- Search in Options is on our wishlist but we didn't have the schedule bandwidth to fit it in. The Options pages are in a format where it is difficult to parse them. So, considering the cost of changing the format of all Options pages where they are parsable vs allowing options page owners to surface keywords, we chose to go with the latter.

    Thanks!

    Radhika Tadinada

  • Whats about the properties window? It would be nice to search it too. When you are dealing with WinForms GUIs it's a real nightmare to scroll to the whole list of properties just to find a single one.

    Regards

  • Hi James,

    Thanks for the suggestion.

    We have considered enabling search for Properties Window, but don't have it enabled yet. It is however part of our backlog.

    If you'd like, please add this to our UserVoice site visualstudio.uservoice.com/.../121579-visual-studio where we track all suggestions. This will give other users an opportunity to vote and comment on it.

    Thanks!

    Radhika Tadinada

    Program Manager

    Visual Studio Platform

  • @Andrew: > "As for searching options through quick launch, why doesn't it search the names of the individual options in addition to the page tree? That would be much better than an arbitrary list of keywords defined by each options page's author."

    The main reason why this isn't done as you suggest is performance.

    Option pages are identified by GUIDs, and packages implementing those have full control of the content presented.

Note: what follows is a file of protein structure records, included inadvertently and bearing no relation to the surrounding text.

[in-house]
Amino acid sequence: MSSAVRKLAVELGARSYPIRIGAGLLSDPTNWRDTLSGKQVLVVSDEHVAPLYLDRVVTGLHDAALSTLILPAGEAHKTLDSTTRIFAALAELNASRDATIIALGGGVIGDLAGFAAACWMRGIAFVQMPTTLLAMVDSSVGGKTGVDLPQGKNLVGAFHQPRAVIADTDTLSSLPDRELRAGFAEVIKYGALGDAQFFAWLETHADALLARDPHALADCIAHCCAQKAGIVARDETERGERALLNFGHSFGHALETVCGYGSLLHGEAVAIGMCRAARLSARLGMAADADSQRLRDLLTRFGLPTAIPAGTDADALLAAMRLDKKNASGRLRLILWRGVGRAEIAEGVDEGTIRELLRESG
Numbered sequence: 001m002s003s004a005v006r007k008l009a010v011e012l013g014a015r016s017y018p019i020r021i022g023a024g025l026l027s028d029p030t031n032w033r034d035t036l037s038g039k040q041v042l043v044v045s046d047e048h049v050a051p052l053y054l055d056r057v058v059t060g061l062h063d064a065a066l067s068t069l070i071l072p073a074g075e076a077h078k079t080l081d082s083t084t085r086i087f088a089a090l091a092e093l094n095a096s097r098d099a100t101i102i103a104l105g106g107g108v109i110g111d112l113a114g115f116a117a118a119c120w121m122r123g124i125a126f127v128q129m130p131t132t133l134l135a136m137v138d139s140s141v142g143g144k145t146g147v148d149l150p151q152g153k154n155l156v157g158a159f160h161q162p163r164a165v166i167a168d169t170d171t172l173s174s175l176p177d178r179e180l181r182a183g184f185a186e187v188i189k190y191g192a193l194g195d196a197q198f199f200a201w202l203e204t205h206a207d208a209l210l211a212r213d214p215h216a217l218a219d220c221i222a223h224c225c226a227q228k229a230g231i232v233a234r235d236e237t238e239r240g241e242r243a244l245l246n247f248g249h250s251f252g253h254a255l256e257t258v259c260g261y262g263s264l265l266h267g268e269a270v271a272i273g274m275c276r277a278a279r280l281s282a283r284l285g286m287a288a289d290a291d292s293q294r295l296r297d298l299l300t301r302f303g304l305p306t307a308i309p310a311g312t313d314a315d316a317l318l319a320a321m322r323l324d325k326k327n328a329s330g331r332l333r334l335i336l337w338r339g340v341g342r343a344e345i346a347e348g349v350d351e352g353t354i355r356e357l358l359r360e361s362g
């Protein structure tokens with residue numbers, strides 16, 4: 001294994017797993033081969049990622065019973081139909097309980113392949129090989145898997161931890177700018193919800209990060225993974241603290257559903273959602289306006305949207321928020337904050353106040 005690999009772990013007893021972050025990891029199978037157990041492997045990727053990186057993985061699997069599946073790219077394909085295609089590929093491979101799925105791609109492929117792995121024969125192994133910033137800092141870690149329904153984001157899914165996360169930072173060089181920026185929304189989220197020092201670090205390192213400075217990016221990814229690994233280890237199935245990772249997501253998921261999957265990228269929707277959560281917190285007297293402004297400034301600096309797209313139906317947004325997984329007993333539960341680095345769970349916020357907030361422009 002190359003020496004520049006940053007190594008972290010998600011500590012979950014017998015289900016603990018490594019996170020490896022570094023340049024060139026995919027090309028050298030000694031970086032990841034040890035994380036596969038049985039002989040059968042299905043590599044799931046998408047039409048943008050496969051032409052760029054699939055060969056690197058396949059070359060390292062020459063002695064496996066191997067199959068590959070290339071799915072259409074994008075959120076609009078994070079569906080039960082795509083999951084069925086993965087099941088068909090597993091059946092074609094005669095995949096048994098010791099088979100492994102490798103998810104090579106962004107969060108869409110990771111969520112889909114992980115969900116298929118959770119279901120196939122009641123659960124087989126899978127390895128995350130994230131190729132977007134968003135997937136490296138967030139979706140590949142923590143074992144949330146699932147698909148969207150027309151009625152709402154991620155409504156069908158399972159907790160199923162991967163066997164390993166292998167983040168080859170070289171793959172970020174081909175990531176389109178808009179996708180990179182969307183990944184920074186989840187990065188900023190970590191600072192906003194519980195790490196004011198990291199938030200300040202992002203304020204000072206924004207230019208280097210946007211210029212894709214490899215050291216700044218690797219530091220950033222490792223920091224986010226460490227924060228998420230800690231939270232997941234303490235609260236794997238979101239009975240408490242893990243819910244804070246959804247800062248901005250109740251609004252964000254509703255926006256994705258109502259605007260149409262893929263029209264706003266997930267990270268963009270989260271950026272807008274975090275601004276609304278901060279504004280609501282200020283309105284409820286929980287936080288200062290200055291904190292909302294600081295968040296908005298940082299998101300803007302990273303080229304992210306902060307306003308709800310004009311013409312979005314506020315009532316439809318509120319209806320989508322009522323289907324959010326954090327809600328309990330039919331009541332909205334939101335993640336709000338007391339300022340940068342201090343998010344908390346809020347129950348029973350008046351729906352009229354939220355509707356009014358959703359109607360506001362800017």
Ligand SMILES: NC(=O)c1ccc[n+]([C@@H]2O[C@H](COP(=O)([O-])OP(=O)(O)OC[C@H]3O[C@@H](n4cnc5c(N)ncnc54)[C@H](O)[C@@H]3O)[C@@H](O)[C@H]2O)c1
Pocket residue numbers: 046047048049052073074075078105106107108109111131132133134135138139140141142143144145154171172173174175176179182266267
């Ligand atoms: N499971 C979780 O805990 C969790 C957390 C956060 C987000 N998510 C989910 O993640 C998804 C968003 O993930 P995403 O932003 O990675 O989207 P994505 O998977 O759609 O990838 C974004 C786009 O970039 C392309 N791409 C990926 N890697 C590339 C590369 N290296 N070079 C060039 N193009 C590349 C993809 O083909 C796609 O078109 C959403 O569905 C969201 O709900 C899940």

Some pages are implemented as Win32/native dialogs, but others are Windows Forms or WPF windows. The shell doesn't know how to instantiate such managed pages (they may need additional constructor parameters) to load them from resources and search the control names.

    Even for native dialogs (where it's possible to load DIALOGEX templates from resources without instantiating a class), the shell doesn't have access to the resource IDs of individual pages, and it's possible the package owners set names of controls on the page at runtime composed from other string resources.

    Therefore, to search the individual options displayed by option pages, we'd have to ask each package to instantiate their pages. This has big performance problems:

    1) First, that will increase VS memory consumption. We'd have to load in memory all packages that have Tools/Options pages (and their resources)

    2) Some pages are very slow on first creation, e.g. WindowsForms or Workflow Designer pages may take 15 seconds (they deserve a bug for this)

    3) Once the pages are created, searching ther content may be slow, too. E.g. enumerating controls in WPF pages can only be done with UIA (msdn.microsoft.com/.../ms747327.aspx) or with MSAA (msdn.microsoft.com/.../ms971310.aspx) and  this process is not going to be fast.

    To give you some ideas on the perf implications, you can try opening Tools/Options dialog and instantiate all pages by navigating the tree with arrows keys.

    It took me 90 seconds to instantiate all pages. During this time, the working set was increased with ~230MB. (Before opening the dialog, VS had 95M working set / 48M private working set / 67M commit size, and after instantiating all pages, it had 322M working set / 200M private / 235MB commit size).

    These numbers are unacceptable for the first QuickLaunch search.

    Therefore we allow packages to provide Keywords strings where they can describe the options available the in their pages.  These strings are also loaded from a resource cache, so we don't have to load all packages/their resources.

    For Beta release we'll be improving the Tools/Options pages Keywords, and we hope you'll have a better search experience (if not, we'd like to hear about it).

    Alin

    VS Platform Developer